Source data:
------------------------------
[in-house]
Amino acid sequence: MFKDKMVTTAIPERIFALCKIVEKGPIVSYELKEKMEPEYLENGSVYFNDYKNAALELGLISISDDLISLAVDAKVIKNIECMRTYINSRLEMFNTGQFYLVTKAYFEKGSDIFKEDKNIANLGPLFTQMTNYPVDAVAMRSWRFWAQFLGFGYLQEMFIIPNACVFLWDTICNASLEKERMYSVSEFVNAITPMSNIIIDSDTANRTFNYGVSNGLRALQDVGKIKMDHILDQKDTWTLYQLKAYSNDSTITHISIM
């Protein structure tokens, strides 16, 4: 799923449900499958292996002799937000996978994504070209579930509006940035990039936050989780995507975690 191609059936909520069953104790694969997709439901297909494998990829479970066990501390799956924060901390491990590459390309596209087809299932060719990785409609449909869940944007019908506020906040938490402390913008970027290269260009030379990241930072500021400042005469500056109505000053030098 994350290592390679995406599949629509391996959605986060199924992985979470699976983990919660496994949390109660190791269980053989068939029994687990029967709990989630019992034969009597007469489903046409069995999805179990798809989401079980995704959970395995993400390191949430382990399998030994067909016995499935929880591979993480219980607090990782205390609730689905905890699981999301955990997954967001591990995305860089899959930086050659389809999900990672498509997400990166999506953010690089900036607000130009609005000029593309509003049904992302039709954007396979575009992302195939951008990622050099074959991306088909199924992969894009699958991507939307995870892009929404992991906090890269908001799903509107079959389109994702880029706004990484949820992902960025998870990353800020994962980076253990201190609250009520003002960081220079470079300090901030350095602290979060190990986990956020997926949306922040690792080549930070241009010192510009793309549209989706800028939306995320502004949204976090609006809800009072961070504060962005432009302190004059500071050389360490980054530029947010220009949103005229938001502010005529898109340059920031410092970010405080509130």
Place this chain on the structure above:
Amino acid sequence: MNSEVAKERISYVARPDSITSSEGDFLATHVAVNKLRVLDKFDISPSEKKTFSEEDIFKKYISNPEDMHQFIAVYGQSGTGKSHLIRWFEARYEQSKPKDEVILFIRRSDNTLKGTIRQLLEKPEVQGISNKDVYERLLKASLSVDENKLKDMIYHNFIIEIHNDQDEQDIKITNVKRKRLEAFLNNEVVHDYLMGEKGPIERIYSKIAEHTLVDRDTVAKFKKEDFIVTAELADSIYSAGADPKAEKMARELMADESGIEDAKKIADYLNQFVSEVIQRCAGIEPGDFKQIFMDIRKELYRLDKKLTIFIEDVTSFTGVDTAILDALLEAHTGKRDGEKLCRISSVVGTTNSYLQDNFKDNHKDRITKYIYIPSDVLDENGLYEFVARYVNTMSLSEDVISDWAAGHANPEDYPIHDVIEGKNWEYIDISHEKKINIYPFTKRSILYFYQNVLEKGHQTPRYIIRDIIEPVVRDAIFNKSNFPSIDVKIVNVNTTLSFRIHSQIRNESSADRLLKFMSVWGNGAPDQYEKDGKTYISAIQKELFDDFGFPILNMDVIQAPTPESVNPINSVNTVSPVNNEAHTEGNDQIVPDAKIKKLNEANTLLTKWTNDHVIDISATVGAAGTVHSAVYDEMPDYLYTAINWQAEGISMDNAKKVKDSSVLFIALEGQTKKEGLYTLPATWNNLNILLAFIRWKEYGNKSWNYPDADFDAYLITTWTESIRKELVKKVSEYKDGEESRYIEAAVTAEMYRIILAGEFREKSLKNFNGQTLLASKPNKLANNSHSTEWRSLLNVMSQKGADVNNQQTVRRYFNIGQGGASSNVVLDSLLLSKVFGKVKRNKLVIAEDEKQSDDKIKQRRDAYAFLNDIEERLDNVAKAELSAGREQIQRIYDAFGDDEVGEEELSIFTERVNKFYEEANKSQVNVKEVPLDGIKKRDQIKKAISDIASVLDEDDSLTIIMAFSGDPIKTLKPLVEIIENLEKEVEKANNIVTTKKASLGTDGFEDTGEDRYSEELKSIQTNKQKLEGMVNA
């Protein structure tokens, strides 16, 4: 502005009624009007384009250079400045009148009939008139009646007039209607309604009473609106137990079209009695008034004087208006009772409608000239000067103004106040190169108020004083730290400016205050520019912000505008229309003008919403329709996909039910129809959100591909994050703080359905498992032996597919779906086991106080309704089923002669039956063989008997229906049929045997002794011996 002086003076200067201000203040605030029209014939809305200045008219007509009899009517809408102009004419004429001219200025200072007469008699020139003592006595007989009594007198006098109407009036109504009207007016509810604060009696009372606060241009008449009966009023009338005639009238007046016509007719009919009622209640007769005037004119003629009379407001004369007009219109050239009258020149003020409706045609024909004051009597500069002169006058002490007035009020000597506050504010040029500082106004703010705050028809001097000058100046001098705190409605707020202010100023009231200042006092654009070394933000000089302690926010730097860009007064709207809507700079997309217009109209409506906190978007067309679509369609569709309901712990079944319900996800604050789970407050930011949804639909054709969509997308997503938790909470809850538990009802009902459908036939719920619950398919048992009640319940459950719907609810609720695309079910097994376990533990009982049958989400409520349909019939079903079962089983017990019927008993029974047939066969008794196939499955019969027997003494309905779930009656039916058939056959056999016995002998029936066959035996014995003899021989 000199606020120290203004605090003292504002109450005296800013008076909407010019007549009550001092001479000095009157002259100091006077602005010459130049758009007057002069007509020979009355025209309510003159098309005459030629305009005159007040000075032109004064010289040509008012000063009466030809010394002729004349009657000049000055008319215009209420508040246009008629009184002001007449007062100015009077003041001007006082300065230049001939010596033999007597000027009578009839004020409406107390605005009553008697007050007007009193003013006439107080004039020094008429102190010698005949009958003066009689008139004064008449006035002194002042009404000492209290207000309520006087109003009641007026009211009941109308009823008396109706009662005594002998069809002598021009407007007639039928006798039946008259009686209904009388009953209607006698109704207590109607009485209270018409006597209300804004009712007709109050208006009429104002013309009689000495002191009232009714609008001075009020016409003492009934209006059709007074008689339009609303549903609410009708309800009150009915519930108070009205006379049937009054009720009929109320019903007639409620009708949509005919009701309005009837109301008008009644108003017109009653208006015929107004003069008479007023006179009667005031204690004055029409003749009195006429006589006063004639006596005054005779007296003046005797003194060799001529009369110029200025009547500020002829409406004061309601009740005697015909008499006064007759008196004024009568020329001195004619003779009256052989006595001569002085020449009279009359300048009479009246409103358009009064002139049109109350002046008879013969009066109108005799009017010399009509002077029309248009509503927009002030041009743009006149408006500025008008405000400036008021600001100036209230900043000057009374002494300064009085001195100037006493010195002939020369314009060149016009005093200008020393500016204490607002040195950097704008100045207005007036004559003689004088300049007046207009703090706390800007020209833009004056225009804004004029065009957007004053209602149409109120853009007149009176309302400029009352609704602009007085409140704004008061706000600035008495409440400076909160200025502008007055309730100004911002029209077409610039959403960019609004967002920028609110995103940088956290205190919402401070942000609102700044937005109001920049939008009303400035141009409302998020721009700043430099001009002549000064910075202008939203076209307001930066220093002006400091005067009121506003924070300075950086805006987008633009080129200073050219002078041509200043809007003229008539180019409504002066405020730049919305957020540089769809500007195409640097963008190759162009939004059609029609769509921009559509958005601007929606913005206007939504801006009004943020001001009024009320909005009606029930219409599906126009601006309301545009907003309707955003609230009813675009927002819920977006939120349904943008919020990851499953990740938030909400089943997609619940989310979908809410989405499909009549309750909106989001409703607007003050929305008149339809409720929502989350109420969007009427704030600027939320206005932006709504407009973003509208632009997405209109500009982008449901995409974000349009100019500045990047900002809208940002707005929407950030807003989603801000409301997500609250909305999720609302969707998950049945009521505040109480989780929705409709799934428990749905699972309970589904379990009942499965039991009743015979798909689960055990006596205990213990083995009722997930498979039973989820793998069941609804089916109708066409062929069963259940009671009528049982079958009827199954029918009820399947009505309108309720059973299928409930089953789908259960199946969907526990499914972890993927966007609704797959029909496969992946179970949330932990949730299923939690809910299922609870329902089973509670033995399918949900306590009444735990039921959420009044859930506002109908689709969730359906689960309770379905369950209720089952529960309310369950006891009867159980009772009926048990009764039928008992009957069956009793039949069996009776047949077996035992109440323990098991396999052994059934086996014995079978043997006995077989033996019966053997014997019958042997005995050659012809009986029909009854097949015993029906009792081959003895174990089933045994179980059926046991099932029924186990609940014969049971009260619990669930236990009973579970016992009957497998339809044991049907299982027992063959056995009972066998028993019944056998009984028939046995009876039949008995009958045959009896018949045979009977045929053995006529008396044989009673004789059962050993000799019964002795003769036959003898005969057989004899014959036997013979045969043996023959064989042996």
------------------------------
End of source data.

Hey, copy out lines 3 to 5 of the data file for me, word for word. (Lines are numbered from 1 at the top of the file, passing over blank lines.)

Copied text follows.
């Protein structure tokens, strides 16, 4: 799923449900499958292996002799937000996978994504070209579930509006940035990039936050989780995507975690 191609059936909520069953104790694969997709439901297909494998990829479970066990501390799956924060901390491990590459390309596209087809299932060719990785409609449909869940944007019908506020906040938490402390913008970027290269260009030379990241930072500021400042005469500056109505000053030098 994350290592390679995406599949629509391996959605986060199924992985979470699976983990919660496994949390109660190791269980053989068939029994687990029967709990989630019992034969009597007469489903046409069995999805179990798809989401079980995704959970395995993400390191949430382990399998030994067909016995499935929880591979993480219980607090990782205390609730689905905890699981999301955990997954967001591990995305860089899959930086050659389809999900990672498509997400990166999506953010690089900036607000130009609005000029593309509003049904992302039709954007396979575009992302195939951008990622050099074959991306088909199924992969894009699958991507939307995870892009929404992991906090890269908001799903509107079959389109994702880029706004990484949820992902960025998870990353800020994962980076253990201190609250009520003002960081220079470079300090901030350095602290979060190990986990956020997926949306922040690792080549930070241009010192510009793309549209989706800028939306995320502004949204976090609006809800009072961070504060962005432009302190004059500071050389360490980054530029947010220009949103005229938001502010005529898109340059920031410092970010405080509130």
Place this chain on the structure above:
Amino acid sequence: MNSEVAKERISYVARPDSITSSEGDFLATHVAVNKLRVLDKFDISPSEKKTFSEEDIFKKYISNPEDMHQFIAVYGQSGTGKSHLIRWFEARYEQSKPKDEVILFIRRSDNTLKGTIRQLLEKPEVQGISNKDVYERLLKASLSVDENKLKDMIYHNFIIEIHNDQDEQDIKITNVKRKRLEAFLNNEVVHDYLMGEKGPIERIYSKIAEHTLVDRDTVAKFKKEDFIVTAELADSIYSAGADPKAEKMARELMADESGIEDAKKIADYLNQFVSEVIQRCAGIEPGDFKQIFMDIRKELYRLDKKLTIFIEDVTSFTGVDTAILDALLEAHTGKRDGEKLCRISSVVGTTNSYLQDNFKDNHKDRITKYIYIPSDVLDENGLYEFVARYVNTMSLSEDVISDWAAGHANPEDYPIHDVIEGKNWEYIDISHEKKINIYPFTKRSILYFYQNVLEKGHQTPRYIIRDIIEPVVRDAIFNKSNFPSIDVKIVNVNTTLSFRIHSQIRNESSADRLLKFMSVWGNGAPDQYEKDGKTYISAIQKELFDDFGFPILNMDVIQAPTPESVNPINSVNTVSPVNNEAHTEGNDQIVPDAKIKKLNEANTLLTKWTNDHVIDISATVGAAGTVHSAVYDEMPDYLYTAINWQAEGISMDNAKKVKDSSVLFIALEGQTKKEGLYTLPATWNNLNILLAFIRWKEYGNKSWNYPDADFDAYLITTWTESIRKELVKKVSEYKDGEESRYIEAAVTAEMYRIILAGEFREKSLKNFNGQTLLASKPNKLANNSHSTEWRSLLNVMSQKGADVNNQQTVRRYFNIGQGGASSNVVLDSLLLSKVFGKVKRNKLVIAEDEKQSDDKIKQRRDAYAFLNDIEERLDNVAKAELSAGREQIQRIYDAFGDDEVGEEELSIFTERVNKFYEEANKSQVNVKEVPLDGIKKRDQIKKAISDIASVLDEDDSLTIIMAFSGDPIKTLKPLVEIIENLEKEVEKANNIVTTKKASLGTDGFEDTGEDRYSEELKSIQTNKQKLEGMVNA